Darrel and Marilyn's home, note, no daylilies!
My house across the street--daylilies, I grew from seed. I have since learned the seed I bought from Jung's to grow out probably came from the hybridizing efforts of Dr. Apps.
Door prizes, roses, not daylilies. This is Wild Rose... go figure.
I would guess my quiet one block long street in the village was the busiest street in the county today. The Kiwanis Club is a force to be reckoned with and although the weatherman was calling for scattered showers, Mother Nature just wouldn't dare.
You see, I live across the street from one of the world's best daylily hybridizers.
And, I think my neighbor has been thumbing his nose at Mother nature for a while now.
And yes, "world's" best. Dr. Darrel Apps, Ph.D in horticulture and daylily hybridizer of over 390 patented daylilies, is my across the street neighbor.
The juggernaut that is the Kiwanis Club in my village held it first "Random Acts of Culture," a two-session, two-hour garden party featuring a tour of Dr. Apps' garden and restored Queen Anne home accompanied by musicians, oratory, and a pastel artist. This all in an endeavor to raise money for the Kiwanis scholarship fund. There were roving appetizer trays, punch, ice tea. Luckily, I was asked to give garden tours.
Any opportunity to talk about plants in such a beautiful yard, versus weed them, is a good thing!
View through the pergola of his musa bajoo (he over-wintered it in his basement in peat moss in a 5-gallon bucket after exposing it to a light frost last fall.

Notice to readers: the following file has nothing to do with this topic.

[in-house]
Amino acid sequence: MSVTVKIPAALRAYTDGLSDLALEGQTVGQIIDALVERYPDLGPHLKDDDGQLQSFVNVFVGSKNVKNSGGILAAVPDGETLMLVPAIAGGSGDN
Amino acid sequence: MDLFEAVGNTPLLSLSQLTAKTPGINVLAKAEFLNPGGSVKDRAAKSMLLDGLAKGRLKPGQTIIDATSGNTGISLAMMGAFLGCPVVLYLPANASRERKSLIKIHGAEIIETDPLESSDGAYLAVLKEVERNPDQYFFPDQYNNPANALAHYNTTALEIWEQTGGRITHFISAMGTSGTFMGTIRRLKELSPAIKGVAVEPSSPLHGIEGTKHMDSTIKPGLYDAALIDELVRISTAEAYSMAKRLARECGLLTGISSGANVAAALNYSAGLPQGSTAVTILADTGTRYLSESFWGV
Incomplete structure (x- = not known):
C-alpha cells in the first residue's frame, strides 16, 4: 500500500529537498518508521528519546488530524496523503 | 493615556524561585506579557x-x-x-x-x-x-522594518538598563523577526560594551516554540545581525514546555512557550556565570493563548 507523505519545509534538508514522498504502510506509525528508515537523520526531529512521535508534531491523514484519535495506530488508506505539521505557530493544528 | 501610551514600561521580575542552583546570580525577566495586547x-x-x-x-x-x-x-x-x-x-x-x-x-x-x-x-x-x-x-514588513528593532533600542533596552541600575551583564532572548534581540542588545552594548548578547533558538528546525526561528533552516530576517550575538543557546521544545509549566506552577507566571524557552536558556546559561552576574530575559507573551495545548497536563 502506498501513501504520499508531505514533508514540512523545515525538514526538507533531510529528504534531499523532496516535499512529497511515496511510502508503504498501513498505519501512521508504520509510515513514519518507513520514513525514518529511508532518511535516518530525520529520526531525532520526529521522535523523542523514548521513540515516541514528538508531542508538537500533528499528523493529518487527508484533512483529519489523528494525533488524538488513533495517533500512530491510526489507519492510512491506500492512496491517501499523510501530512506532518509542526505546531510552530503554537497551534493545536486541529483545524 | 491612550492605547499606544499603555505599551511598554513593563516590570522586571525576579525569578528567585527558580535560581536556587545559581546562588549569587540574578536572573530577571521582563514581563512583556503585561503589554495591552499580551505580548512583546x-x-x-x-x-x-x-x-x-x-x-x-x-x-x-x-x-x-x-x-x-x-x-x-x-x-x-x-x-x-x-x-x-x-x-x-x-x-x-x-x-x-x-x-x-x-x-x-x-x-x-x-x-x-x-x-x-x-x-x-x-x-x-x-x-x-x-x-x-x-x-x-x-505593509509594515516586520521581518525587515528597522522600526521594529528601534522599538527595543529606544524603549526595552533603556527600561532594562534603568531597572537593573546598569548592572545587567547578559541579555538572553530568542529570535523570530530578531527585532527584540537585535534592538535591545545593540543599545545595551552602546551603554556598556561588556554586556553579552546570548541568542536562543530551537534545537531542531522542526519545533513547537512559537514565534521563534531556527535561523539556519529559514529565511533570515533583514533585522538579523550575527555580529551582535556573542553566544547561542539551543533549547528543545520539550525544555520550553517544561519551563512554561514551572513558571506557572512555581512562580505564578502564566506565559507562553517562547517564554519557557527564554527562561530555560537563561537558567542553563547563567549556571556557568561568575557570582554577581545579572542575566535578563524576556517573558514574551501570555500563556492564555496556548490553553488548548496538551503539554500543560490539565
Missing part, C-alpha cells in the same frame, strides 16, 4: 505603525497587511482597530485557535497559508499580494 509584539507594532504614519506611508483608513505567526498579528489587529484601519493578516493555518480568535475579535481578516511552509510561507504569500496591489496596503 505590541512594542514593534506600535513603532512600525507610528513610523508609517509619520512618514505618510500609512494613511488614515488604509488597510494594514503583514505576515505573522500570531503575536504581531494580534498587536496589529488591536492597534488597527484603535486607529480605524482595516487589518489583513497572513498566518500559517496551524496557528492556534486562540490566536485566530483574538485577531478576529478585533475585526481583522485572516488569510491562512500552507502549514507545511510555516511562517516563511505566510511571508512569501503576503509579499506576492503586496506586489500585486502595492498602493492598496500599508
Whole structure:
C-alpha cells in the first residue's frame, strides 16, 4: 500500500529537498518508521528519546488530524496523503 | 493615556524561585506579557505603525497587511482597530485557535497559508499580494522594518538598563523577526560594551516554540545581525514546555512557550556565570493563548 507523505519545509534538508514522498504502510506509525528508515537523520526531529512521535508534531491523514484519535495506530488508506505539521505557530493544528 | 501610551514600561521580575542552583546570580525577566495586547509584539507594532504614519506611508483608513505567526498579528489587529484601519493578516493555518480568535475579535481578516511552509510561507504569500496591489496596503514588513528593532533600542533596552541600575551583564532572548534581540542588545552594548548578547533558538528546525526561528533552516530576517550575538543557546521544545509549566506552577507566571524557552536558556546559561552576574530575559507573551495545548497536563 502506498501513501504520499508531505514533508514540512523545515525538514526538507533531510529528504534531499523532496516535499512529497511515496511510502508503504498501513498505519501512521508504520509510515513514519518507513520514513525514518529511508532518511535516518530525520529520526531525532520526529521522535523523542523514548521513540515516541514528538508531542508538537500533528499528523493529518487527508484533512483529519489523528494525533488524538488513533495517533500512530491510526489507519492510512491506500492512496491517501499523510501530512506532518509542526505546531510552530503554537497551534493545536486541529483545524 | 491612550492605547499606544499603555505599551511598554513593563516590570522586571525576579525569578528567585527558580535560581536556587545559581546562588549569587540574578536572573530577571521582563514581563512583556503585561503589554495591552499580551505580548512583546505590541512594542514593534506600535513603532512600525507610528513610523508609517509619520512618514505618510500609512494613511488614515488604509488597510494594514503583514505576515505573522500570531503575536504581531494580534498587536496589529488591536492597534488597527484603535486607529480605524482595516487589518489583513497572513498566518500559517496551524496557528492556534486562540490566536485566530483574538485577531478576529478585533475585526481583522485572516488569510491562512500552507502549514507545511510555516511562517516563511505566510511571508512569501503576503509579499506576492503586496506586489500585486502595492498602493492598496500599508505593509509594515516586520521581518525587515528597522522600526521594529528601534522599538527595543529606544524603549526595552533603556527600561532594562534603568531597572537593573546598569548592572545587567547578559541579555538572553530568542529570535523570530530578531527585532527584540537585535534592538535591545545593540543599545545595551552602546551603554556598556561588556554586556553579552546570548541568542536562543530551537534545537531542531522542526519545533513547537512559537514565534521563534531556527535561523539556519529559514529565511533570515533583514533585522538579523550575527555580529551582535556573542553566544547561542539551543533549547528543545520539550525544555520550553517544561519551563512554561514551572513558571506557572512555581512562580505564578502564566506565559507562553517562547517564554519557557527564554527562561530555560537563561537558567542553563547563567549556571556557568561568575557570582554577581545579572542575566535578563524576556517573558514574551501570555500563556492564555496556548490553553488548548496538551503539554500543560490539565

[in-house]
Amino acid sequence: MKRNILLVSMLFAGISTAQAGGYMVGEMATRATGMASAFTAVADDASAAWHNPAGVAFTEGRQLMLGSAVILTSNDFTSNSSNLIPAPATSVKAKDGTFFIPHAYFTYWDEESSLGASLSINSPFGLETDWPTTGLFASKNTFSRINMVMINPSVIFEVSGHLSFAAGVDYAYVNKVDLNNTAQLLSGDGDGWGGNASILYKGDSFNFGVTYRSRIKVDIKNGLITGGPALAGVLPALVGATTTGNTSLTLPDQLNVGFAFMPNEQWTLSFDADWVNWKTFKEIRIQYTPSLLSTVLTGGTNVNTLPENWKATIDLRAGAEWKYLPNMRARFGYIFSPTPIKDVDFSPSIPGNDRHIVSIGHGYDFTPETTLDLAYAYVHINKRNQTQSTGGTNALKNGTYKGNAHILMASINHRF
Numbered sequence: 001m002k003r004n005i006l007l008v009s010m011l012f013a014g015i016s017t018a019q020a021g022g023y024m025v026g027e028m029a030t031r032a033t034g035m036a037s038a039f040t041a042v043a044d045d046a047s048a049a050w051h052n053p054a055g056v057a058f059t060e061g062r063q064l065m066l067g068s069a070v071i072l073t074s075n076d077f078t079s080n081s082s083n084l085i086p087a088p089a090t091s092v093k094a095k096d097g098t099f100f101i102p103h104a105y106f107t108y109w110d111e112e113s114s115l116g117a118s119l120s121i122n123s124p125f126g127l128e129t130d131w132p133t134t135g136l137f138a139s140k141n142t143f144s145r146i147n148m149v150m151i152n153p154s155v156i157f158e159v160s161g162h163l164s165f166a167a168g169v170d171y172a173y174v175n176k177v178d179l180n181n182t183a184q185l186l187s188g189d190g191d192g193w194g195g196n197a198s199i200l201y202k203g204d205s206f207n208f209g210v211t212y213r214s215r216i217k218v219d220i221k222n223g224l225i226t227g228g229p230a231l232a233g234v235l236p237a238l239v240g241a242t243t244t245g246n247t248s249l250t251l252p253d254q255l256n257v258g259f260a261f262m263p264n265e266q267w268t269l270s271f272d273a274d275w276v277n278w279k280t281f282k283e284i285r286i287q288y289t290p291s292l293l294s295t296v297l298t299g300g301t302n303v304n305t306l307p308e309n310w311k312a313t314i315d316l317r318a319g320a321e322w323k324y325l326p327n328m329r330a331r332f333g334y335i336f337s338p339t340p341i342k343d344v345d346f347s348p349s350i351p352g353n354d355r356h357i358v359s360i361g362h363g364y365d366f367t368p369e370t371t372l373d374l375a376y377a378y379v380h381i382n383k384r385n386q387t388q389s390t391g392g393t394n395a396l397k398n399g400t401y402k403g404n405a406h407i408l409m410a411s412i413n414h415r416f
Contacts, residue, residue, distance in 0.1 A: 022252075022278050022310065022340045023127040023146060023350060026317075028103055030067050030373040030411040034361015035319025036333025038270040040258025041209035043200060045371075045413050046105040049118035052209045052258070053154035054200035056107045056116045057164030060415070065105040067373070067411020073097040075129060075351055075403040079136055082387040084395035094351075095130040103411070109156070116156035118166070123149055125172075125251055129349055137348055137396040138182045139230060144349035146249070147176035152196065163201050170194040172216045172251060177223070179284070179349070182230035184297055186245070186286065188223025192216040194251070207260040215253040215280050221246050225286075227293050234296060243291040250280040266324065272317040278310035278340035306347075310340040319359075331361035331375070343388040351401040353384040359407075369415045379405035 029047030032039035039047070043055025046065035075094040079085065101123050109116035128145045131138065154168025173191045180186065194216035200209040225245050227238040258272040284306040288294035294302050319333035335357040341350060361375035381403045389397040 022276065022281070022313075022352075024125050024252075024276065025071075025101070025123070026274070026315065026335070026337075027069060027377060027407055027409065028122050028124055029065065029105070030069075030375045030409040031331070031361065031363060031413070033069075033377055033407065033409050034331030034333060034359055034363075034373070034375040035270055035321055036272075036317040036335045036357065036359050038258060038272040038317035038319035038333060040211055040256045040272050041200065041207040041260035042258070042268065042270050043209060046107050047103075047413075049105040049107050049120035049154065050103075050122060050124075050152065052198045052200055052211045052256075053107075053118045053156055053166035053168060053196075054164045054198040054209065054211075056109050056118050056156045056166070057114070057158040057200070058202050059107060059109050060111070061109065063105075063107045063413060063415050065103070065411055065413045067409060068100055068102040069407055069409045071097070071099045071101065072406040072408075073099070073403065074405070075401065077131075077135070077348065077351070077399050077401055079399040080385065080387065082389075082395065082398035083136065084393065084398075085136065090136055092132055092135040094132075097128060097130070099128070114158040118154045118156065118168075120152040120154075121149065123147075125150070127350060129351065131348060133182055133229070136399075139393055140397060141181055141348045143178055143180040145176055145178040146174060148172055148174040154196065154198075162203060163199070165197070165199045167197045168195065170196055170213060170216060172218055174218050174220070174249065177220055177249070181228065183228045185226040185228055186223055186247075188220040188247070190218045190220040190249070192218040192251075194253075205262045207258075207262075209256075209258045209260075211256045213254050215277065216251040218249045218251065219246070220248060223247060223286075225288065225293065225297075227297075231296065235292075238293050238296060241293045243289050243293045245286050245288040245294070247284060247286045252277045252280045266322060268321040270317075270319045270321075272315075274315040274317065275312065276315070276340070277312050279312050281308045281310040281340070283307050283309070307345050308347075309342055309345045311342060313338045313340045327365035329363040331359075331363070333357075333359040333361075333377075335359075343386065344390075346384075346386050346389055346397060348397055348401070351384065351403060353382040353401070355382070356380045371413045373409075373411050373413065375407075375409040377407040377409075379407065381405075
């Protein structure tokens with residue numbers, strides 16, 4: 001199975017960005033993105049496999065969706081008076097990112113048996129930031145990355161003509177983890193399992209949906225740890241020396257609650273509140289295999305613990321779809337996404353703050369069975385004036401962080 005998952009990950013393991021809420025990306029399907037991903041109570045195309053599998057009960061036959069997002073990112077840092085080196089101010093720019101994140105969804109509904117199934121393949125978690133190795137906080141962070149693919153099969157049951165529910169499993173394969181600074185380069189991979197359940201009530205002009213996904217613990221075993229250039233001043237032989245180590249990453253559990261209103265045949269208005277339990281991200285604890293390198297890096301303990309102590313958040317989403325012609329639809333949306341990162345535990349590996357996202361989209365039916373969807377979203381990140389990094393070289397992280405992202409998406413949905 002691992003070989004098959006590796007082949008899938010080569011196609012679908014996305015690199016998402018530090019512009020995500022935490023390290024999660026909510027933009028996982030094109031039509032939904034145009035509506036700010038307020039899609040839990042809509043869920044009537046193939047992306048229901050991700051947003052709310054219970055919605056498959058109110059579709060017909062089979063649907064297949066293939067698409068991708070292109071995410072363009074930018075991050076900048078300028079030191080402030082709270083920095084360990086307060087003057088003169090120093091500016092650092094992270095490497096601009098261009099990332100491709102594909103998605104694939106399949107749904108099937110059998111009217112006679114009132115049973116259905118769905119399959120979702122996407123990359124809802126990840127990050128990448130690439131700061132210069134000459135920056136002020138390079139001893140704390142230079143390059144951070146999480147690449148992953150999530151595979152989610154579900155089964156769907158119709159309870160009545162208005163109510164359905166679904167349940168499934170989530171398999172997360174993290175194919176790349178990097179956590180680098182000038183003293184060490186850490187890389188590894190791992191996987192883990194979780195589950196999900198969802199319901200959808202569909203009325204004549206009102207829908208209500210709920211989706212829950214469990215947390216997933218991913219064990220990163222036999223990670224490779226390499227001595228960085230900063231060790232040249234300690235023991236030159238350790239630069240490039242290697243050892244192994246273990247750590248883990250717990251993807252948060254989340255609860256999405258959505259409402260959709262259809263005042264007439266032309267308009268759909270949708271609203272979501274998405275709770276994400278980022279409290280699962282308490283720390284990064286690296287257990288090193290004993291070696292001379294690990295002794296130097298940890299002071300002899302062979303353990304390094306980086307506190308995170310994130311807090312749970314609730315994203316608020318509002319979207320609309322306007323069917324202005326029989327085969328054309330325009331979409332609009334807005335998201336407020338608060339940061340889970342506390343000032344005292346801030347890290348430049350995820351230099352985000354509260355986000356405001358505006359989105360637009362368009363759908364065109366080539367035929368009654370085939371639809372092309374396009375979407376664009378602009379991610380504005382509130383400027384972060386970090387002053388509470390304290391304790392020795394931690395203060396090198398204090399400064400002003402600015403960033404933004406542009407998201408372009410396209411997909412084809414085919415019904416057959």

|The pink bush is a rose, I believe it is Polar Joy. To the left is a LA lily, I don't know which. The white spikey plant is Culver's root (Veronicastrum virginicum) and the blue is echinops ritro.|
Dr. Darrel Apps, daylily hybridizer, retired (Yeah, right!)
An as yet unintroduced daylily, developed by Dr. Apps. Proving sometimes, the best things are not for sale.
I realized after getting into this post that this will be more than a single blog entry, just like the tours I gave today ended up being more than 30 minutes. There was a lot to see and lots of questions, especially since this garden is only three years old, a particularly astounding feat for a garden in central Wisconsin, with our blazing hot, and this year, humid summers, unpredictable rainfall and snow, and frigid winters.
So tomorrow's post will continue with daylily lore legend, and how the world ended up with more that just orange "ditch lilies", a vernacular label Darrel detests.